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St. Helen's Complex: St. Helen's

440 King Street West, Kingston, Ontario, Canada

Formally Recognized: 1988/09/06

General view of the front elevation of the building, 1980.; Parks Canada | Parcs Canada, 1980.
Front view
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Other Name(s)

St. Helen's Complex: St. Helen's
St. Helen's Residence / Main Building
Résidence St. Helen's / bâtiment principal

Links and documents

Construction Date(s)

1837/01/01 to 1838/01/01

Listed on the Canadian Register: 2010/04/07

Statement of Significance

Description of Historic Place

St. Helen’s, also known as Building No. 1 or the Main building, is a mid-19th-century villa located on landscaped grounds within the St. Helen’s Complex, in Kingston, Ontario. It is a grand, two-storey building of pebble-cast stucco set on a bed of cut stone. Designed in the Picturesque Regency style, it features massive chimneys, cantilevered eaves, and evenly-spaced varying fenestration. St. Helen’s has a central front entrance dominated by a porte-cochere, and a single storey wing attached to its eastern side. The designation is confined to the footprint of the building.

Heritage Value

St. Helen’s is a Classified Federal Heritage Building because of its historical associations, and its architectural and environmental values.

Historical Value
St. Helen’s, as part of the St. Helen’s Complex, is strongly associated with the early 19th-century upper class movement from urban to suburban living typical of the Regency Age (1790-1840). It was one of the first permanent homes to be built on the western outskirts of Kingston, which is indicative of the burgeoning local economy and development of transportation networks. St. Helen’s is also strongly associated with the military and took on a new importance in the effort to provide medical aid for soldiers returning from combat During World War I. The existing buildings were converted for hospital use as many citizens offered their homes for convalescing soldiers in a patriotic wave that swept Canada. The complex is closely associated with figures of national importance in the early history of Upper Canada and Kingston: including Thomas Kirkpatrick; James Morton; and Sir George Airey Kirkpatrick.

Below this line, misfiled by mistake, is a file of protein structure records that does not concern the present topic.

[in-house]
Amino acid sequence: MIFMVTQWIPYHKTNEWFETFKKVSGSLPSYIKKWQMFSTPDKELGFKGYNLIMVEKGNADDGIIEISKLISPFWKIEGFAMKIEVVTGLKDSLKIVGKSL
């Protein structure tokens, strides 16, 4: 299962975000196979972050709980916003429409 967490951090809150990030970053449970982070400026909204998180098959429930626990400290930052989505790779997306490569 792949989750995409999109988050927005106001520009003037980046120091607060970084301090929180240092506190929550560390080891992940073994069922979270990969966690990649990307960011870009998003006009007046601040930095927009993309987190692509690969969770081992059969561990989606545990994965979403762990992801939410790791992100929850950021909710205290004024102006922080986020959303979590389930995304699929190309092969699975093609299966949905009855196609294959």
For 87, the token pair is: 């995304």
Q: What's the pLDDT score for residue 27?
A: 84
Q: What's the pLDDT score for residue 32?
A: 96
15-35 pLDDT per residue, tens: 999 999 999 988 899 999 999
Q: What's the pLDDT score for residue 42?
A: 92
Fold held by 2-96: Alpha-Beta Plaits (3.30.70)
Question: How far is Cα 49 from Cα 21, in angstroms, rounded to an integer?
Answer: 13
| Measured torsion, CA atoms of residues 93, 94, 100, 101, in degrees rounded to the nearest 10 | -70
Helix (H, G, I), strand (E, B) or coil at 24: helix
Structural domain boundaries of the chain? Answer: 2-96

Architectural Value
St. Helen’s is valued for its excellent aesthetic design and it is one of the finest examples of Picturesque Regency architecture in Canada, reflected in its stuccoed surfaces, large centrally-placed chimneys, and contrasting window sizes. The layout of the building exemplifies the residential planning trends popular in the Regency period, including the building’s symmetry, and the relationship between public and private spaces. Excellent craftsmanship and materials are evident in the building’s construction and detailing.

Environmental Value
Located on the shores of Lake Ontario, St Helen’s retains its historical relationship with its landscape and the dual relationship between the pastoral lake side and the functional, business-oriented front. It reinforces the picturesque character of its villa setting and is a familiar landmark within the region.